In an analysis reported in The Lancet Oncology, Sara M. Tolaney, MD, MPH, and colleagues described 10-year survival outcomes from the phase II APT trial assessing adjuvant paclitaxel/trastuzumab in patients with node-negative, HER2-positive breast cancer.
The U.S. multicenter trial included a total of 406 patients with small (≤ 3 cm) node-negative disease enrolled between October 2007 and September 2020. They received adjuvant treatment with weekly paclitaxel at 80 mg/m² and trastuzumab at a loading dose of 4 mg/kg followed by 2 mg/kg weekly for 12 weeks, followed by trastuzumab weekly at 2 mg/kg or once every 3 weeks at 6 mg/kg for 40 weeks to complete a full year of treatment with trastuzumab. The primary endpoint was 3-year invasive disease–free survival.
Sara M. Tolaney, MD, MPH
Median follow-up was 10.8 years (interquartile range = 7.1–11.4 years).
A total of 31 invasive disease–free survival events were observed: 6 (19.4%) were locoregional ipsilateral recurrences, 9 (29.0%) were new contralateral breast cancers, 6 (19.4%) were distant recurrences, and 10 (32.3%) were all-cause deaths.
Ten-year invasive disease–free survival was 91.3% (95% confidence interval [CI] = 88.3%–94.4%), and the 10-year recurrence-free interval (freedom from distant recurrence, death from breast cancer, and invasive locoregional recurrence) was 96.3% (95% CI = 94.3%–98.3%).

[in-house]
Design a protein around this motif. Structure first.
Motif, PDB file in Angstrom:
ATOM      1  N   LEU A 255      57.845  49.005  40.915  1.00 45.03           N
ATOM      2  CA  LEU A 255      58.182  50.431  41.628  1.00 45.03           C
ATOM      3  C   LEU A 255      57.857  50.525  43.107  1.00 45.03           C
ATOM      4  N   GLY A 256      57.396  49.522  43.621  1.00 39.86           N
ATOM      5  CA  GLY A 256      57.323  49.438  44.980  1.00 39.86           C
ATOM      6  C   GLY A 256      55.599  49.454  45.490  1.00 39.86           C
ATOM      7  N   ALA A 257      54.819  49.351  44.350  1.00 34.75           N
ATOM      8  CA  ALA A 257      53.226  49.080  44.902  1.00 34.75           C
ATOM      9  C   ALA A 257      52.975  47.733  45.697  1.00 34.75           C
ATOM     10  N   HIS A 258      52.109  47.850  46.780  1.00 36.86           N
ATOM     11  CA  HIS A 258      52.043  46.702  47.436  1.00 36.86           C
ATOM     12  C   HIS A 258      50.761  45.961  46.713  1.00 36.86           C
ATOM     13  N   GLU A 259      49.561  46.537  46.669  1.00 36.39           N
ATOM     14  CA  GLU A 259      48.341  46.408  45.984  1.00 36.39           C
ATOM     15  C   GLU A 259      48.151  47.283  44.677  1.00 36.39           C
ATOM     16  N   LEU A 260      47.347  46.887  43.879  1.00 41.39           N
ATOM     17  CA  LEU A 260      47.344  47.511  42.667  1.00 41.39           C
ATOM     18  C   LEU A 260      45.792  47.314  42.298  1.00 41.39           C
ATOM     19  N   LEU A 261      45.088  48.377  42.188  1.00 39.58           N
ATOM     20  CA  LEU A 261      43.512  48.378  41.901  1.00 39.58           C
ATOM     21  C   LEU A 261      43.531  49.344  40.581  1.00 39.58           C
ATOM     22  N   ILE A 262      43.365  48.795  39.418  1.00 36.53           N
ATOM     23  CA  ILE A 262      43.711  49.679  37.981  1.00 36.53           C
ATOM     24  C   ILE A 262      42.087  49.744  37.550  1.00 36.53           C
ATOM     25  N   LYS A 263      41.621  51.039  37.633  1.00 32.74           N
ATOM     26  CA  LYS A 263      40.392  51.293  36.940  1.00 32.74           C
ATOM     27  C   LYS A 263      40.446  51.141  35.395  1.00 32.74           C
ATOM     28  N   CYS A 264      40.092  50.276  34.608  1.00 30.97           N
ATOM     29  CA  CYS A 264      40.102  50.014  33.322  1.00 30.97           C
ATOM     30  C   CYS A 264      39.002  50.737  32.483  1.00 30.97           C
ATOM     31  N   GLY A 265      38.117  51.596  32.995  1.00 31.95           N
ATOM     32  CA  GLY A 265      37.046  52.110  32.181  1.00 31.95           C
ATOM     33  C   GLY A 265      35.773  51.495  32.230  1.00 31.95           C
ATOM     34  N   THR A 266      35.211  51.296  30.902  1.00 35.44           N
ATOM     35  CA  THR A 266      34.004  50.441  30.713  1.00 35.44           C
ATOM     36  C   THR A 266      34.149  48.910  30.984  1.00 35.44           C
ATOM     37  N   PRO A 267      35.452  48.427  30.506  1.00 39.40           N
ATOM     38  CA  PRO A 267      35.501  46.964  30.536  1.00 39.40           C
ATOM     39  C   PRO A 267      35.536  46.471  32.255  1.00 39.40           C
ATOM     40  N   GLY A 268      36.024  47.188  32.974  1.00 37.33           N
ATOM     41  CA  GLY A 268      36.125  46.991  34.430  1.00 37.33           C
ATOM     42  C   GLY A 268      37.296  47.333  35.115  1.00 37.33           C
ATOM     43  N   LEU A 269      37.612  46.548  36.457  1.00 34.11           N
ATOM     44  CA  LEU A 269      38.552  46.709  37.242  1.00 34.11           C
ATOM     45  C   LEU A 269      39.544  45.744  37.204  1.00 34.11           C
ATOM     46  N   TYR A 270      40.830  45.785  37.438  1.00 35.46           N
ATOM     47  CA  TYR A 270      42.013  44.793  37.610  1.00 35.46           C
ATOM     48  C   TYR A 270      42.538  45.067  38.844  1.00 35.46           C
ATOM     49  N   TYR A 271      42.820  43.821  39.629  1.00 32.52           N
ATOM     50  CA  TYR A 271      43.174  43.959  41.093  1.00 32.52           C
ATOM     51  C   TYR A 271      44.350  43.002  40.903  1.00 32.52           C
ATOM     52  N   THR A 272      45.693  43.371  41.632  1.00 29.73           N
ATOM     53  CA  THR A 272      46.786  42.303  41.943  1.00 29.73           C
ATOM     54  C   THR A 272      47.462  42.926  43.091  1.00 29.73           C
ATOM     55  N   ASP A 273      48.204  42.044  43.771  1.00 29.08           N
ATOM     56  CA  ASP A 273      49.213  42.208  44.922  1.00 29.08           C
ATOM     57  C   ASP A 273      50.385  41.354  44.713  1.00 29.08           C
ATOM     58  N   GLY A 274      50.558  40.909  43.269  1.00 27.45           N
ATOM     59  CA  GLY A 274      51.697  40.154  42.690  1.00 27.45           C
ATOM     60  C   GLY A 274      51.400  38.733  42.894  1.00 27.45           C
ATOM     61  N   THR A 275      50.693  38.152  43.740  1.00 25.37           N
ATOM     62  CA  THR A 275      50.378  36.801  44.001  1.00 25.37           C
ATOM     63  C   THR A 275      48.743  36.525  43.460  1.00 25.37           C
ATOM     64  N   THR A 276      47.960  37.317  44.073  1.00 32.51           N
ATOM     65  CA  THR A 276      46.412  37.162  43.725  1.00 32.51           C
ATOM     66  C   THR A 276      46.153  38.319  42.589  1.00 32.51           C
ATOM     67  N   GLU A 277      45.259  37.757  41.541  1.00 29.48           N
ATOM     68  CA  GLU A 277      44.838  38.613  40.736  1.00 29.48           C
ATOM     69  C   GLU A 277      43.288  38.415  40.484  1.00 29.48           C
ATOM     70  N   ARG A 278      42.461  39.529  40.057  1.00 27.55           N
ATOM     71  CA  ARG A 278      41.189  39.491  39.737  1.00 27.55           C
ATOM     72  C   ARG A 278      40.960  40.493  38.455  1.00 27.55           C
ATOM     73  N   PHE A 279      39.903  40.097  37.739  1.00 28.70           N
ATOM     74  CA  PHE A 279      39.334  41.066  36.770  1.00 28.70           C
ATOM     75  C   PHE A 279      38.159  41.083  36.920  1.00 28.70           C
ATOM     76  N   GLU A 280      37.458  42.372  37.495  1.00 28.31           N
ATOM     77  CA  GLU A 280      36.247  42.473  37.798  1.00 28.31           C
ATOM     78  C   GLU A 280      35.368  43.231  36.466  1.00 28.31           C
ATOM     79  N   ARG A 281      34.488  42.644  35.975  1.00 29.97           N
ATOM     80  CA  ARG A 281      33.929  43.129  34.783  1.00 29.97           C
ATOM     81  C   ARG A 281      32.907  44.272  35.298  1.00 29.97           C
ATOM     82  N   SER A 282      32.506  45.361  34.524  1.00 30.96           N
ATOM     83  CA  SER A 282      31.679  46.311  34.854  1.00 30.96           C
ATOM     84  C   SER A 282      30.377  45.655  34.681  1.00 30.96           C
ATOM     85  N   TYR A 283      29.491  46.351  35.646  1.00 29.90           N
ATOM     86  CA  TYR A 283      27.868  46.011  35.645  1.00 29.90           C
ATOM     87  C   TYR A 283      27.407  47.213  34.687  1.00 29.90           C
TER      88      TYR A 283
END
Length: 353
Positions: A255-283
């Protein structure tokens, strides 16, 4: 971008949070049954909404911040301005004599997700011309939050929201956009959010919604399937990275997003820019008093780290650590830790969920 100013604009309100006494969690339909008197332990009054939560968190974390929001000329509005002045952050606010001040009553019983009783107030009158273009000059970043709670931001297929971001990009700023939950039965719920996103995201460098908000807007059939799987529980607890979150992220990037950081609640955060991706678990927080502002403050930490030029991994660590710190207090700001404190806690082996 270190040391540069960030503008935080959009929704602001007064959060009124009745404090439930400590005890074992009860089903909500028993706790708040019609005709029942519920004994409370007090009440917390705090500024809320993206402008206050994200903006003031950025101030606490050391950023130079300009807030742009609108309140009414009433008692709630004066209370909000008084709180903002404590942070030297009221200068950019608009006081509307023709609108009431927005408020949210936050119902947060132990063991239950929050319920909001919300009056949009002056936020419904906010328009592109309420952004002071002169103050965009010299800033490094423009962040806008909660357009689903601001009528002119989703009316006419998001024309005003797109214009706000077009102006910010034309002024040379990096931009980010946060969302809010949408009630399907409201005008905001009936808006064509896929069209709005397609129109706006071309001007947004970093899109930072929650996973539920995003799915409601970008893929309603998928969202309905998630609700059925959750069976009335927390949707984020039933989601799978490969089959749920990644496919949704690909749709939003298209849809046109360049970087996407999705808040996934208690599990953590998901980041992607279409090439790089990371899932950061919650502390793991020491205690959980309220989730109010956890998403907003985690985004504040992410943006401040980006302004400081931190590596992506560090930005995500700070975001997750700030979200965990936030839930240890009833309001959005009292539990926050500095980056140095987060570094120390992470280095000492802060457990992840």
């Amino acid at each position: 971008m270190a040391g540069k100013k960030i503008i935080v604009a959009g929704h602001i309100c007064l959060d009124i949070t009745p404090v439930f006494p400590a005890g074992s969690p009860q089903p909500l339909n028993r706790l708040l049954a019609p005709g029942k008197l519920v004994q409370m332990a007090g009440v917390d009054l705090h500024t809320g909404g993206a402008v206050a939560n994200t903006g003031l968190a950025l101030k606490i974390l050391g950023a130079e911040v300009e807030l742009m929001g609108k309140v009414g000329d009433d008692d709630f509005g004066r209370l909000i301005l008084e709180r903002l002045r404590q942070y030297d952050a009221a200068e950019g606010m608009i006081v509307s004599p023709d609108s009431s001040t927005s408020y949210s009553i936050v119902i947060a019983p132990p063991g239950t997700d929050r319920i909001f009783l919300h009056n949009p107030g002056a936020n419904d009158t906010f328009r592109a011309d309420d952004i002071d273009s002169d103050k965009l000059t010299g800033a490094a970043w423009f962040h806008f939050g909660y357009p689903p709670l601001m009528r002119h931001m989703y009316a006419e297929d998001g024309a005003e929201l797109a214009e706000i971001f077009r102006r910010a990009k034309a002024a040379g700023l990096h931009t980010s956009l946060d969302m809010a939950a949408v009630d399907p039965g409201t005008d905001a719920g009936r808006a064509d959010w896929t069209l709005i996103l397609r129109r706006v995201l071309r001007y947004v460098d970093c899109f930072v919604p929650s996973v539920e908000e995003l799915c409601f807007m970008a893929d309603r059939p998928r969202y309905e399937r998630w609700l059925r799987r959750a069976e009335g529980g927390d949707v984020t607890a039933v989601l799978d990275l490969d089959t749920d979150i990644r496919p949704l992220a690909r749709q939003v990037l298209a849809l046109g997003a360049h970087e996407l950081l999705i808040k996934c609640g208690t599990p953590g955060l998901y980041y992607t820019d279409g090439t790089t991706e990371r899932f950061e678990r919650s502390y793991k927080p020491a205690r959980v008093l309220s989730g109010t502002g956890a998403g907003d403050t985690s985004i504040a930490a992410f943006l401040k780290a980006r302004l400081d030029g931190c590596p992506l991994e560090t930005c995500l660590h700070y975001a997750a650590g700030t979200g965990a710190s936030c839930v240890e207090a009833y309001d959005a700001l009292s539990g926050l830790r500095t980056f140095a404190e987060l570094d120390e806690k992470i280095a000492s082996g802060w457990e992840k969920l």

Ten-year overall survival was 94.3% (95% CI = 91.8%–96.8%), and 10-year breast cancer–specific survival was 98.8% (95% CI = 97.6%–100%).
In an exploratory analysis using the HER2DX genomic tool, the HER2DX risk score as a continuous variable was significantly associated with invasive disease–free survival (hazard ratio [HR] per 10-unit increment = 1.24, 95% CI = 1.00–1.52, P = .047) and recurrence-free interval (HR per 10-unit increment = 1.45, 95% CI = 1.09–1.93, P = .011).
The investigators concluded, “Adjuvant paclitaxel and trastuzumab is a reasonable treatment standard for patients with small, node-negative, HER2-positive breast cancer. The HER2DX genomic tool might help to refine the prognosis for this population.”
Dr. Tolaney, of the Department of Medical Oncology, Dana-Farber Cancer Institute, is the corresponding author for The Lancet Oncology article.
Disclosure: The study was funded by Genentech. For full disclosures of the study authors, visit thelancet.com.The content in this post has not been reviewed by the American Society of Clinical Oncology, Inc. (ASCO®) and does not necessarily reflect the ideas and opinions of ASCO®.